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The college was founded in 1961 with the purpose to provide a well rounded education of high calibre where students can acquire the necessary academic knowledge.
Founded in 1702 by Leopold I Habsburg. Since the beginning of 20th century the university has produced 9 Nobel Prize winners.
The history dates back to 1940. At present, the university includes 4 institutes, 14 faculties and 73 departments.
Through the power of internet, Berkeley college online brings the classroom to you anywhere in the world with the same high level of support as On-Campus classes.
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WORLD UNIVERSITY DIRECTORY
Details of 'University of Cambridge '
University of Cambridge
The Old Schools, Trinity Lane, Cambridge CB2 1TN UK City and State:
Northern Europe ,
United Kingdom Additional Information:
At Cambridge, we provide the world's highest-quality university education for the brightest and best, regardless of background. There are a variety of ways to study at Cambridge.
Find out about our courses, the colleges, life at Cambridge, how to apply, fees, finance, open days and events.
Practical information for people interested in graduate study including our courses and costs.
Conferences and part-time courses for adult learners from the Institute of Continuing Education.
Executive Education and Training
A variety of business programmes to help you develop including short courses and summer schools.
Courses in Education
Undergraduate BA, PGCE, Higher Degrees and Practitioner Professional Development from the Faculty of Education.
How we teach at Cambridge and the resources available to students.
Other learning opportunities
Lifelong Learning, International Summer Schools, and other ways of studying at Cambridge.
* Anglo-Saxon, Norse & Celtic
* Archaeology & Anthropology
* Asian and Middle Eastern Studies
* History of Art
* Land Economy
* Management Studies
* Modern & Medieval Languages
* Politics, Psychology & Sociology*
* Theology & Religious Studies
* Chemical Engineering
* Computer Science
* Manufacturing Engineering
* Medicine Graduate Course
* Natural Sciences
o Biological and Biomedical Sciences
o Geological Sciences
o History and Philosophy of Science
o Materials Science
o Physical Sciences
o Physiology, Development and Neuroscience
o Plant Sciences
o Systems Biology
* Veterinary Medicine
*This course was formerly known as Social & Political Sciences (SPS)
The application process
Choosing a course
If think you would like to apply to Cambridge, the first thing to do is to choose the course you want to study. Details of what’s involved in each course can be found in our courses section. You’ll need to check that you are studying the right subjects and have, or are likely to achieve, the right grades for your chosen subject.
Choosing a College
Once you've decided we offer a course that you would like to study, you need to consider College choice. You can choose a College yourself or you can make an 'open' application and accept the allocation made by a computer. In either case, your UCAS application will be sent to a College, and that College will assess it.
About one in five students coming to Cambridge take a gap year before starting their studies. This year out proves a very useful time in which to improve skills, earn money, travel and generally gain maturity and self-reliance.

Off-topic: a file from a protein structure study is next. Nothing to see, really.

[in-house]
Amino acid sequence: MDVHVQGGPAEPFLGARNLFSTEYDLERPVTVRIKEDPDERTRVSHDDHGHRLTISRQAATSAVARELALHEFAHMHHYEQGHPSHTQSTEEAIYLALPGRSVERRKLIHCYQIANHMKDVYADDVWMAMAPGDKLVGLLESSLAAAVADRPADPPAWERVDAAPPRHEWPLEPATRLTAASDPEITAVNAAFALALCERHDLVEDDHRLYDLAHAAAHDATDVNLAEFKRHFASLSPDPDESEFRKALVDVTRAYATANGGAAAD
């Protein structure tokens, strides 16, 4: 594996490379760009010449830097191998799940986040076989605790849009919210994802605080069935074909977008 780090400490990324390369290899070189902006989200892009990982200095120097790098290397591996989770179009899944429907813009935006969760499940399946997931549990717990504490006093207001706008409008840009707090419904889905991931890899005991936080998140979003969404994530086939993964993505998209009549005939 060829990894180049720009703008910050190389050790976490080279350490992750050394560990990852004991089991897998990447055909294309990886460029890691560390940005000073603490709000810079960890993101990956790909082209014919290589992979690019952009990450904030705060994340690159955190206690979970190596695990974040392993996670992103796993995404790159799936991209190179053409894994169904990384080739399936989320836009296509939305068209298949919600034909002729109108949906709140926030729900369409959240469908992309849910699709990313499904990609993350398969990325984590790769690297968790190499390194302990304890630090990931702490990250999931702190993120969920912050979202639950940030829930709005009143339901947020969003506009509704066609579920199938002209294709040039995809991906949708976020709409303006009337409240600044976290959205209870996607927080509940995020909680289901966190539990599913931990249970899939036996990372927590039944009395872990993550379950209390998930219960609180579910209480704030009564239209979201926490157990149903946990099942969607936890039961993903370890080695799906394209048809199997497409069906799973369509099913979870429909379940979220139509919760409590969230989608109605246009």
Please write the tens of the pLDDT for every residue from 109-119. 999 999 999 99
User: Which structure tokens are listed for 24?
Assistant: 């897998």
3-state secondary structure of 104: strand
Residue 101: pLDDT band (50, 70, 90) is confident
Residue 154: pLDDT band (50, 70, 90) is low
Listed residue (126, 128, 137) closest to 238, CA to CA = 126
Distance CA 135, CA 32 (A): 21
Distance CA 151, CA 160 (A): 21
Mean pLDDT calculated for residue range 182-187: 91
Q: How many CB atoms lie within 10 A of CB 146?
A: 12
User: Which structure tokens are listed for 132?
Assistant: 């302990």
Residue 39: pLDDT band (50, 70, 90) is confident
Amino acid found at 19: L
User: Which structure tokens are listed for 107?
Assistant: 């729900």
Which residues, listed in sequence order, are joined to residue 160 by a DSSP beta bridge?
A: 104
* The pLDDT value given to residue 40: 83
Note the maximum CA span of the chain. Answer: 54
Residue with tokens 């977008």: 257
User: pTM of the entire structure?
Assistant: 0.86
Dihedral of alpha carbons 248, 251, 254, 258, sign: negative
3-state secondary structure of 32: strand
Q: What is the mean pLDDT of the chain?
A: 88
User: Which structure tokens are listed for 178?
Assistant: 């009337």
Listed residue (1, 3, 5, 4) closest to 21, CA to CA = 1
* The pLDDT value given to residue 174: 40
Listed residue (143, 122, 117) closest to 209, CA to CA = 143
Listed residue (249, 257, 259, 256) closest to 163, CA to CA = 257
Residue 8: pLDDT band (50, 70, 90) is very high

You should state on your UCAS application if you wish to defer entry. You’ll probably be asked about your plans at interview, so be prepared to talk about your year out.
If you are applying for Mathematics the Colleges have a preference for immediate entry. However, if you are applying for Engineering, many Colleges generally prefer applicants to take a year out, to gain some industrial experience. Please note that it is not possible to defer entry for the Graduate Course in Medicine.
Mature and affiliated students
If you will be 21 or over by 1 October in the year in which you hope to come to Cambridge, and have not previously completed a course of higher education, then your application will be treated as that of a mature student. If you are a graduate with an approved degree from another university, you can apply to take a undergraduate course at Cambridge as an affiliated student.
Students at other UK universities
Please note that the Cambridge Colleges will not normally, as a matter of principle, consider applications from students attending other UK universities applying to study the same or a very similar subject at Cambridge.
If you wish to make such an application it will have to be strongly supported by your tutor at your current university. A reference or letter of recommendation from him/her to the Cambridge College will be required, and only then can a Cambridge College consider it.
If you wish to apply to Cambridge to read a different subject from the one you are currently studying at a UK university, we would assume that you had had a change of heart and no longer wish to study the subject you are currently pursuing. In this case your application would be considered, but would still need strong support from your current university tutor.
If you are in the final year of a Bachelors degree at another UK university you are, of course, welcome to apply for admission as an affiliated student .
The application process for Cambridge (as at Oxford) starts earlier than other universities. Your UCAS application must be submitted by 15 October 2009 for entry in 2010 (or for deferred entry in 2011) so that we have time to arrange the interview process. UCAS will accept applications from 1 September 2009.
Applications for Organ Scholarships must be received by 1 September 2009, and for some Choral Awards by 5 September 2009, although your UCAS application does not need to be submitted until 15 October.